To the Editor:
After reading a Letter to the Editor here entitled “Visiting Greece Is More Expensive This Year” (June 18), with the writer being from New York City, my personal experience is totally reversed. My family and I just returned from a fabulous 10-day stay in Crete and found the food at restaurants to be remarkably inexpensive. Five people eating a multi-course meal in a wonderful oceanside location was under $100 euro, including drinks and offered endless shots of the establishment owner’s personal raki stash. They have no theft because, as the establishment owners explained, the word of thefts among tourists is very bad for business. One German woman at our hotel had her purse returned with everything intact when she accidentally left it at a beach overnight.
Sure, the cost of airline tickets doubled from a year ago, but they doubled for all destinations, domestic locations included. And, it costs the same for airline tickets no matter how long you stay, so staying longer isn’t an issue, except if you’re in a 5-star hotel instead of out and about in the villages where things really happen.
Gasoline costs about $2.50/liter if you rent some wheels, but that’s all over Europe, not just Greece. You can rent an electric car from Hertz if the gas price bothers you. We rented ATVs for $55/day and filled the tank just once the entire stay. My wife, who has never been on one loved the experience, including milk and cheese a local shepherd gave us. He milked his goats and made the cheese while we waited… heavenly.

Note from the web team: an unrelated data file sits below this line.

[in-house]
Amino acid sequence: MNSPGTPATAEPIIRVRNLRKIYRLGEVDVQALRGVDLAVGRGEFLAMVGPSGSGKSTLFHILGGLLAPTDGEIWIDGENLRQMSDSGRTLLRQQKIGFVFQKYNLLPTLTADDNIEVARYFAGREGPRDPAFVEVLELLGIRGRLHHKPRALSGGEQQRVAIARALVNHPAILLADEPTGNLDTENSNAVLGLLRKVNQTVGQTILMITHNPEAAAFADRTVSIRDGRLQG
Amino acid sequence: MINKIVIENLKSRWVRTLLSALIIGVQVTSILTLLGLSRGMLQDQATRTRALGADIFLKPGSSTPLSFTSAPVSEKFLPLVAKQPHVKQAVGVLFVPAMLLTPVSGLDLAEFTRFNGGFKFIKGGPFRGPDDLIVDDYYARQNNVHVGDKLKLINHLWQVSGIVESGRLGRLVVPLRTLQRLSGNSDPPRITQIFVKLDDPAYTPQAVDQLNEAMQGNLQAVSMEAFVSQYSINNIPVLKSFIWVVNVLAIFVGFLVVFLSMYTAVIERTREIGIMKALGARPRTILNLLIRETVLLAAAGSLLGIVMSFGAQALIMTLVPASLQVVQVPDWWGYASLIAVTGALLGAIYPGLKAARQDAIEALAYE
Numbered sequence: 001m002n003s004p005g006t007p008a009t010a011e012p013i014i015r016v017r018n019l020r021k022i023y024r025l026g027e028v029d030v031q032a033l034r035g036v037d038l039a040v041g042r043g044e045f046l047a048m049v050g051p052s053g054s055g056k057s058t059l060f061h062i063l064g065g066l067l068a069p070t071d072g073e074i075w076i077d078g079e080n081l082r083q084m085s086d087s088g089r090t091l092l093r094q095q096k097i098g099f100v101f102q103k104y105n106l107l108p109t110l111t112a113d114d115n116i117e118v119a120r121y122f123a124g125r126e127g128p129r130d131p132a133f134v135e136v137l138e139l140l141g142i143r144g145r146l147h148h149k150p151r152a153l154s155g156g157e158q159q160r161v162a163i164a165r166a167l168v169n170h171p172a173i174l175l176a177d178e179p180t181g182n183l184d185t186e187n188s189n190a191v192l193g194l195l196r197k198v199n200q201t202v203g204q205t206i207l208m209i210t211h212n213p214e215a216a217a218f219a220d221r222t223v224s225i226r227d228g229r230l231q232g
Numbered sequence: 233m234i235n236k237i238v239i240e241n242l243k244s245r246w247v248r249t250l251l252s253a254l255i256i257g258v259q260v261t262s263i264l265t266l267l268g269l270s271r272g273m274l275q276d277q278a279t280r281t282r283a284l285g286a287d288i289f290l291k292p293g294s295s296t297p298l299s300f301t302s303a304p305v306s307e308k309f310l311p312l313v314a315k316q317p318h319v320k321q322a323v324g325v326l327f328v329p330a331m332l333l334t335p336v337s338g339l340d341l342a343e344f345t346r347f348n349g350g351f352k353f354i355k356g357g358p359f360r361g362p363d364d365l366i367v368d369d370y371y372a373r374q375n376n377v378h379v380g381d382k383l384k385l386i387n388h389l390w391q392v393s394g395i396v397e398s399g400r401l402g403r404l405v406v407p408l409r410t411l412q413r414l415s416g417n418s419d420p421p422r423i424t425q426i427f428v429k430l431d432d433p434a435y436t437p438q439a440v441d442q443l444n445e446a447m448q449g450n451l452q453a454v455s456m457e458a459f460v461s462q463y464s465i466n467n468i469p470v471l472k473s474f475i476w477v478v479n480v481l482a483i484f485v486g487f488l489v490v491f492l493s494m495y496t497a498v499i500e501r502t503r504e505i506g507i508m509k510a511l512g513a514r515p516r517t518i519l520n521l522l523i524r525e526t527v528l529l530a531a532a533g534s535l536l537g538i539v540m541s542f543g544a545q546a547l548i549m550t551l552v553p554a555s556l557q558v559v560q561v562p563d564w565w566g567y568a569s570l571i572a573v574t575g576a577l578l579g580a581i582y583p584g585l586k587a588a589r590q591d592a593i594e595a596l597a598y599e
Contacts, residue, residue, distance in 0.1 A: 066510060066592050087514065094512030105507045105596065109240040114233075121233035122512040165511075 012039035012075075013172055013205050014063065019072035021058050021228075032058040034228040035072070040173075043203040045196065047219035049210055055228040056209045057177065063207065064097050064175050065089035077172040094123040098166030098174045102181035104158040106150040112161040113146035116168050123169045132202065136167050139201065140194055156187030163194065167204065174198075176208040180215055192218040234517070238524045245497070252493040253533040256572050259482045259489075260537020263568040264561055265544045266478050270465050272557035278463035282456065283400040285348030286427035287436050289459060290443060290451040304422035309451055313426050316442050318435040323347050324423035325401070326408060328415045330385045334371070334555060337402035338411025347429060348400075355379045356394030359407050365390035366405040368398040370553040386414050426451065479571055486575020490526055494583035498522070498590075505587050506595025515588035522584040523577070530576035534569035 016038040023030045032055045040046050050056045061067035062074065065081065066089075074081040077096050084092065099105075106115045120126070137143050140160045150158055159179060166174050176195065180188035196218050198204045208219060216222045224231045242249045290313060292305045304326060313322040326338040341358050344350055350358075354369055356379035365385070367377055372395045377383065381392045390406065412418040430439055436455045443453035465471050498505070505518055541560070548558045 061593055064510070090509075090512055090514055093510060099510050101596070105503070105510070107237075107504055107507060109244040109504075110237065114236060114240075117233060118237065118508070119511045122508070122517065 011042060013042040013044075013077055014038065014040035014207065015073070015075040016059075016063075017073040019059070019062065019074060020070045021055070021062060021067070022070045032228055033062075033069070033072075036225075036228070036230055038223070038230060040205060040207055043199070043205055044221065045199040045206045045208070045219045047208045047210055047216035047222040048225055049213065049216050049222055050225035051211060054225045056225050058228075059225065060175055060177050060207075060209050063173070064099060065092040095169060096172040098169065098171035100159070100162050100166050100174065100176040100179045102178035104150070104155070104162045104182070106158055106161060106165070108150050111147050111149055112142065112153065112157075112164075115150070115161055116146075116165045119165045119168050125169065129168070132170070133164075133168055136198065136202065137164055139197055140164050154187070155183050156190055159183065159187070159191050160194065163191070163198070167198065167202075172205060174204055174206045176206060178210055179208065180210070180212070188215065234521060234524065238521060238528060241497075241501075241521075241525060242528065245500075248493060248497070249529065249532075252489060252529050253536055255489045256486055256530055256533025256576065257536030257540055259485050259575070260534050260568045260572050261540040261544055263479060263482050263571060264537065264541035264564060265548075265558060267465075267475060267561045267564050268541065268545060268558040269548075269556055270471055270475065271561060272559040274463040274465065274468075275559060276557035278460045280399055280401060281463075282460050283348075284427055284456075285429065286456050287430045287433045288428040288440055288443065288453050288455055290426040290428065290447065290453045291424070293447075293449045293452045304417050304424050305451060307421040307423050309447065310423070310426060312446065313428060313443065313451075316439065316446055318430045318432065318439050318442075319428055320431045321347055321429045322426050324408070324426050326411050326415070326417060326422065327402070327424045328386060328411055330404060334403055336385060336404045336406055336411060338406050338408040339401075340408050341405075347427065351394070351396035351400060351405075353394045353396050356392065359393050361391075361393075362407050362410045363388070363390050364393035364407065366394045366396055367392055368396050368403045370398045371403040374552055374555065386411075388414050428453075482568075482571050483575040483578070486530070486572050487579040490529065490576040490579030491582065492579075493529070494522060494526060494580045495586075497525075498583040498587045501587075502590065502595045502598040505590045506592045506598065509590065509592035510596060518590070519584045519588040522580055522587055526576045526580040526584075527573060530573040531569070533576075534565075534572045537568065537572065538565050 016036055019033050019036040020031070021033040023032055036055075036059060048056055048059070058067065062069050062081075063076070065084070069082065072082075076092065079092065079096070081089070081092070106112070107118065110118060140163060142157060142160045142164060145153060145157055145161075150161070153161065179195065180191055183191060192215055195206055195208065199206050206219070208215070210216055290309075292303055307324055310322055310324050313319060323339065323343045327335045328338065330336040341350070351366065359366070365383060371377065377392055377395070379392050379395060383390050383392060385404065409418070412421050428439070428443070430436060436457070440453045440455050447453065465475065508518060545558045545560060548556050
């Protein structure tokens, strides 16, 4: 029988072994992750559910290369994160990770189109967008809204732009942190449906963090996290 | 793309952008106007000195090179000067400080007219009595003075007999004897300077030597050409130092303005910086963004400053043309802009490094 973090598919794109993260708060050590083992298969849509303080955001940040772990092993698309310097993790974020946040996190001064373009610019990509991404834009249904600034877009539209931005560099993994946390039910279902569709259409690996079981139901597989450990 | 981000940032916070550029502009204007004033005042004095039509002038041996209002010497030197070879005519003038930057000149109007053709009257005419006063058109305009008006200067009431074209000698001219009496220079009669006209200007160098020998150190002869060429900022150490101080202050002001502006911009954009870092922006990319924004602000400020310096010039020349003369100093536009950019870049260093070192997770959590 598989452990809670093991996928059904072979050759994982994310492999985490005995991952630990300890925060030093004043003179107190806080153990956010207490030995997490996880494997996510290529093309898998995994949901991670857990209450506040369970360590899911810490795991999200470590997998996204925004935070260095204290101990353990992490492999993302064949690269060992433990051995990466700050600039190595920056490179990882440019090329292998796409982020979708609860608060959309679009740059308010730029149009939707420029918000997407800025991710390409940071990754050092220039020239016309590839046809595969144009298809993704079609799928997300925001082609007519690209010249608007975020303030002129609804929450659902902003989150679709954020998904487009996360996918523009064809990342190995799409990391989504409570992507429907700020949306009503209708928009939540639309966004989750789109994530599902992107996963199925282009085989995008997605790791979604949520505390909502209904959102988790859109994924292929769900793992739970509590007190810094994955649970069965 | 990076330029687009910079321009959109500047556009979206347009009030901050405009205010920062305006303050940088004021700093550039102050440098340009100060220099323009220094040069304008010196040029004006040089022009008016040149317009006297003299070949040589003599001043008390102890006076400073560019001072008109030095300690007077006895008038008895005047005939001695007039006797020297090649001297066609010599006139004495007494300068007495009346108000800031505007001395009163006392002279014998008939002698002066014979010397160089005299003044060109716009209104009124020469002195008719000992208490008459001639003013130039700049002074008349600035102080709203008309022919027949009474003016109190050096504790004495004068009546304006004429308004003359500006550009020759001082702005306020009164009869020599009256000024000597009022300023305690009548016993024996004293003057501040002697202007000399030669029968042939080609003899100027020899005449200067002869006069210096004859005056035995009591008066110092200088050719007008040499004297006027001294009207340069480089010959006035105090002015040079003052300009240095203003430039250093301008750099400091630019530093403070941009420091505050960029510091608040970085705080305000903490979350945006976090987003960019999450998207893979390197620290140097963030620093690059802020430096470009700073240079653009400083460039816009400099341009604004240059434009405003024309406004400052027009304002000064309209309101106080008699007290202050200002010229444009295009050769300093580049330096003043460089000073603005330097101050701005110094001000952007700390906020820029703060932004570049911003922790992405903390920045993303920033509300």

The U.S. dollar is as strong as it has ever been with respect to the euro. It cost only U.S. $1.08 per euro at Bank of America. That’s a huge benefit. Just change your money at your bank before you leave to avoid the ATM or airport exchange fees in Greece. Use a travel type credit card so there are no exchange fees, too. The correct bank exchange rate is applied every time you use the card.
My only complaint was renting a one-way car and driving to JFK to catch a flight to Athens when our flight was cancelled in Boston. What should have been an easy commute was hours longer because of heavy traffic and had us sweating the whole way, thinking we wouldn’t make our flight. A cardboard nothing sandwich and soft drink at a JFK canteen (no scenery, love or raki there for sure) cost $47, and there wasn’t a single shepherd to be found all the way from Boston. Compared to New York City, Greece is hardly “expensive.” After all, what isn’t more costly than last year?